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There is No Substitute for Speed

Can pure velocity reshape the supply chain and move the productivity curve? Inspired by the whoosh of a racing Maserati on the autobahn, long-time advanced manufacturer David Burns explores how our obsession with speed, combined with digital ...
Feb 02, 2022

As we spend time reflecting on the events of 2020 and 2021, themes such as “We need to fix the supply chain” or “We need to reshore manufacturing” have emerged in manufacturing. As broad philosophical precepts, it is hard to disagree with those ideas.

The thing is, how did we get here in the first place? We, as a country, decided to offshore manufacturing and lengthen the supply chain for clear economic reasons. In simple terms, we created a long, unresponsive supply chain for economic gain. It is not sufficient to simply say that we should undo those economically based decisions. Is there a driver – a compulsion – that would cause us to reverse the supply chain decisions that we previously made?

I believe that there is such a driver.

Business Velocity

If we can create sufficient business velocity – in this case, speed of manufacturing – then we will have a justifiable prerogative to reshape our supply chains. The emerging system of dynamic digital manufacturing technologies has the potential to do just that – to radically increase the velocity of manufacturing.

As the world shifts to these remarkable, new, advanced manufacturing technologies, we need to rethink the paradigm of cost-effectivity in manufacturing. Clearly, we are emerging from a world where economies of scale were necessary to bolster productivity and reduce costs. Much of the transfer of manufacturing offshore from the United States can be explained by the ongoing need to reduce costs through economies of scale.

But, the emerging set of dynamic digital manufacturing technologies realizes much less value from scale. Their value is derived from a tighter integration of manufacturing steps (through a consistent digital thread), from much greater design freedom (in both part design and material design), and from speed: speed to market, speed of product innovation and change, and speed to accommodate a variety of customer preferences. The idea of speed – of process velocity – is integral to any discussion of advanced manufacturing technology.

Early in my career, I learned about velocity in an odd way. On one of my first visits to Germany (now 30-plus years ago), a colleague gave me the opportunity to drive his BMW on the autobahn in a speed-free zone. Imagine my delight at getting in the left lane and getting that car to its top speed of 236 kph. I was basking in this amazing opportunity when, suddenly, my colleague began yelling at me: “Pull to the right! Pull to the right!”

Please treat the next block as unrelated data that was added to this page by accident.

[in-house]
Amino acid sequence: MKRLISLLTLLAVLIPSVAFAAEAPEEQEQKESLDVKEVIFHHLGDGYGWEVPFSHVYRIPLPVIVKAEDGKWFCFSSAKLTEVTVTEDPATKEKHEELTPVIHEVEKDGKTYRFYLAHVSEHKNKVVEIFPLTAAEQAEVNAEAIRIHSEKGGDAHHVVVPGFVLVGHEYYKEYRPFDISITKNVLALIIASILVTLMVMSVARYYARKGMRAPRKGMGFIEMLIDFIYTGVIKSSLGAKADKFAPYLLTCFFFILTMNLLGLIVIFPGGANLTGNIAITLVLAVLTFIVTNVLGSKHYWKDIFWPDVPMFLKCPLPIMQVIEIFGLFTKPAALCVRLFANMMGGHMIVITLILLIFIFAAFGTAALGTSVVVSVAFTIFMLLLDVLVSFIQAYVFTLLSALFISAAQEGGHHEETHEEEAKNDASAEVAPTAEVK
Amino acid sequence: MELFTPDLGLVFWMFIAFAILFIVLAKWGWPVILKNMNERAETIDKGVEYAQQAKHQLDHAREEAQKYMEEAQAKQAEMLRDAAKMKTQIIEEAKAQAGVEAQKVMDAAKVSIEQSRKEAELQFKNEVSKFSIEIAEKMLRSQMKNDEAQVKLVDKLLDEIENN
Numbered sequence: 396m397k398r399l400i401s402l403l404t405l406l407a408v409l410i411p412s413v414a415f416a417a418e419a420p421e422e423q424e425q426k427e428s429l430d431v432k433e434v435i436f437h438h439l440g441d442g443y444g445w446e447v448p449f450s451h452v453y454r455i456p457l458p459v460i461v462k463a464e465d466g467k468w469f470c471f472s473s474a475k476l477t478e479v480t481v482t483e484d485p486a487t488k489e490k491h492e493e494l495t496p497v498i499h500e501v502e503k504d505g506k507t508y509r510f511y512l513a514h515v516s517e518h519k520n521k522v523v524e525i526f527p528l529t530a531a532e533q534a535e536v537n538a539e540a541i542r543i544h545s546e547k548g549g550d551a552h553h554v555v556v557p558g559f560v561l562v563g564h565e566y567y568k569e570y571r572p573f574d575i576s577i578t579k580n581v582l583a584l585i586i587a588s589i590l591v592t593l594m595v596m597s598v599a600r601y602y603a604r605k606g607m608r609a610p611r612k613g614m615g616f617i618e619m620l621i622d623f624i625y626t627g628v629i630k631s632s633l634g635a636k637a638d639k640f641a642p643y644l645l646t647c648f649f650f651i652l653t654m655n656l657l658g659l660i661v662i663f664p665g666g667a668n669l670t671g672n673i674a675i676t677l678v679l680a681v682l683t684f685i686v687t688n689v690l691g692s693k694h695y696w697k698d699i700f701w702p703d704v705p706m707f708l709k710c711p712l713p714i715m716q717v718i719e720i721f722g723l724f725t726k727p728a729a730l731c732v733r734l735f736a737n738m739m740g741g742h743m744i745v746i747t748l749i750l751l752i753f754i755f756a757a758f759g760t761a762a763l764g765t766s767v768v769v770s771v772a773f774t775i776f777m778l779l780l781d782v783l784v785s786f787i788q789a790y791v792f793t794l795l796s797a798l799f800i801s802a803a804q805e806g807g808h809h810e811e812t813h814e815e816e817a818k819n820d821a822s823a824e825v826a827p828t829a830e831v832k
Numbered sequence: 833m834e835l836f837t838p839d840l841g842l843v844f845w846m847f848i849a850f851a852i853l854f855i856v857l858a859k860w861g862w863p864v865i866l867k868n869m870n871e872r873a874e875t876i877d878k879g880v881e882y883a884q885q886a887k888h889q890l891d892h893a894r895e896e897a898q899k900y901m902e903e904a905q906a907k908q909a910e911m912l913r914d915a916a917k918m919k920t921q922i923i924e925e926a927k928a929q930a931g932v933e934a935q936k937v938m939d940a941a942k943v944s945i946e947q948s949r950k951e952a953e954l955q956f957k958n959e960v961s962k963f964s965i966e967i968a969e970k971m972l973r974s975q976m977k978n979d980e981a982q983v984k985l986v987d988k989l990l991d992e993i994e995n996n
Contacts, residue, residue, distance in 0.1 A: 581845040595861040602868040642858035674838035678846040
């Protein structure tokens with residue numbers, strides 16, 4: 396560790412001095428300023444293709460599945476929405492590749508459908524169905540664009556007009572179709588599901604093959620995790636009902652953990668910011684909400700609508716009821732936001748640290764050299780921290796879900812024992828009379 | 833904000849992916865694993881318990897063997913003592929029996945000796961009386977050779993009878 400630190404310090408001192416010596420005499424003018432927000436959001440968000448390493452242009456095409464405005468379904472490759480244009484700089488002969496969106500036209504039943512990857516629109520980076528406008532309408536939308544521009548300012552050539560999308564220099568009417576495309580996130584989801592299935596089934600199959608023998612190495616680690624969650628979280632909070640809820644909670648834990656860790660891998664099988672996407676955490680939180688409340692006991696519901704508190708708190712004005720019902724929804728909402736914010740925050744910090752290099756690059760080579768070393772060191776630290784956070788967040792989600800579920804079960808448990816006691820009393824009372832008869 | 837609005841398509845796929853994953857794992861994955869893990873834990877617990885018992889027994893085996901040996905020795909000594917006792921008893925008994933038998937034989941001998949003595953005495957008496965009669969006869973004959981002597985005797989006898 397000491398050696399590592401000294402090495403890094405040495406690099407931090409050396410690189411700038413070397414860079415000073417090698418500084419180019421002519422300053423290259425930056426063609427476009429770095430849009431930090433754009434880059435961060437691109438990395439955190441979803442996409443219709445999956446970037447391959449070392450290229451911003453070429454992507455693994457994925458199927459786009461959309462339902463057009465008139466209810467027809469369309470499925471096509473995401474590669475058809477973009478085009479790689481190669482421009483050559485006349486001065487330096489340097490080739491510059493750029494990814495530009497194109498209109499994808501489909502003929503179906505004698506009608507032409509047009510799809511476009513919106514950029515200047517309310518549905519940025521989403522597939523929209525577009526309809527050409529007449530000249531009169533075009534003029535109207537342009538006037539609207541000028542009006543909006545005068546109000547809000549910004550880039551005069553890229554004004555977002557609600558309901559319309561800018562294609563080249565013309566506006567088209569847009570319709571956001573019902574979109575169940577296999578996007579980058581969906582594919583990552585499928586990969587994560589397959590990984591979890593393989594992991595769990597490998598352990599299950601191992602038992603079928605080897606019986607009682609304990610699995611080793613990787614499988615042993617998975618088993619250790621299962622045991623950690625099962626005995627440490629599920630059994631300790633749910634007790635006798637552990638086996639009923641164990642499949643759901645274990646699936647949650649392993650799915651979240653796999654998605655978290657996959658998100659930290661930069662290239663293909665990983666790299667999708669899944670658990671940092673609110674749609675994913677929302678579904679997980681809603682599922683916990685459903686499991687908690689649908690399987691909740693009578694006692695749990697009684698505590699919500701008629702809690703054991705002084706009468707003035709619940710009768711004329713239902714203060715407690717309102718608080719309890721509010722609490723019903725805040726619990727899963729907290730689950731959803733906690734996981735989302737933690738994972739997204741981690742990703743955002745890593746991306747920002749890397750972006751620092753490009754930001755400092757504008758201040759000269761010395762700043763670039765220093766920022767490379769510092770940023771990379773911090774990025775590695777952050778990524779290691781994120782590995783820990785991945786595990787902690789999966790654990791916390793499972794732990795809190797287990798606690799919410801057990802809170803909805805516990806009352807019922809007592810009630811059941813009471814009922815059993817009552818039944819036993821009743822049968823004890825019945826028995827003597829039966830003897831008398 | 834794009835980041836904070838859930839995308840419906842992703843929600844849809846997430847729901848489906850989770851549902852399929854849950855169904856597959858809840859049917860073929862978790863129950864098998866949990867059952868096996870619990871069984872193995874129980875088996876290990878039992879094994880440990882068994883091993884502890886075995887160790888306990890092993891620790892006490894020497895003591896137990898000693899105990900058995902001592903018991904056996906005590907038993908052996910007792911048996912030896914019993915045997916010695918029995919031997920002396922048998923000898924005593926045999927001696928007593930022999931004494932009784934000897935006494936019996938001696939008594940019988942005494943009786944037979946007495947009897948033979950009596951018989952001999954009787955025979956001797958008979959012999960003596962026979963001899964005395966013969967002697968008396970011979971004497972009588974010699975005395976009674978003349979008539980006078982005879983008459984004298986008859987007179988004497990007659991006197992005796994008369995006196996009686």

As I moved to the right, a Maserati went by us at least 30 mph faster than I was driving. And a truth hit me like a bolt of lightning.

Be the Maserati

On the road, there is only one driver that does not need to look behind or alongside themselves when they drive. That one driver is the driver of the fastest car. Every other driver needs to be looking behind them with divided attention, worried about things in the rearview mirror. The fastest driver can focus all their energy on one thing: the road ahead.

Can we apply this story to manufacturing? I believe that we can. When we consider the power that is inherent in the combination of emerging manufacturing technologies, we can create immense velocity in our supply chain. Once the process is mature, we can take the sequence of procuring parts, beginning with part conceptualization, through part materialization, and finally to part utilization, with unprecedented speed. And I am confident the speed – the velocity – of that sequence will begin to make the low-cost, long supply chain that we have today obsolete.

It will take a commitment of investment to elevate the chain of dynamic digital manufacturing technologies to be like that Maserati. But when we get there, pure velocity will reshape the supply chain and move us one more step up the productivity curve.

WDYT?

What do you think? Do you agree? Disagree? Have you seen productivity increase after implementing digital manufacturing? Share your thoughts or stories with us at content@AMTonline.org. What do you think? Do you agree? Disagree? Have you seen productivity increase after implementing digital manufacturing? Share your thoughts or stories with us at content@AMTonline.org. What do you think? Do you agree? Disagree? Have you seen productivity increase after implementing digital manufacturing? Share your thoughts or stories with us at content@AMTonline.org.

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Author
David Burns
Principal and Founder, Global Business Advisory Services and Senior Advisor, AMT
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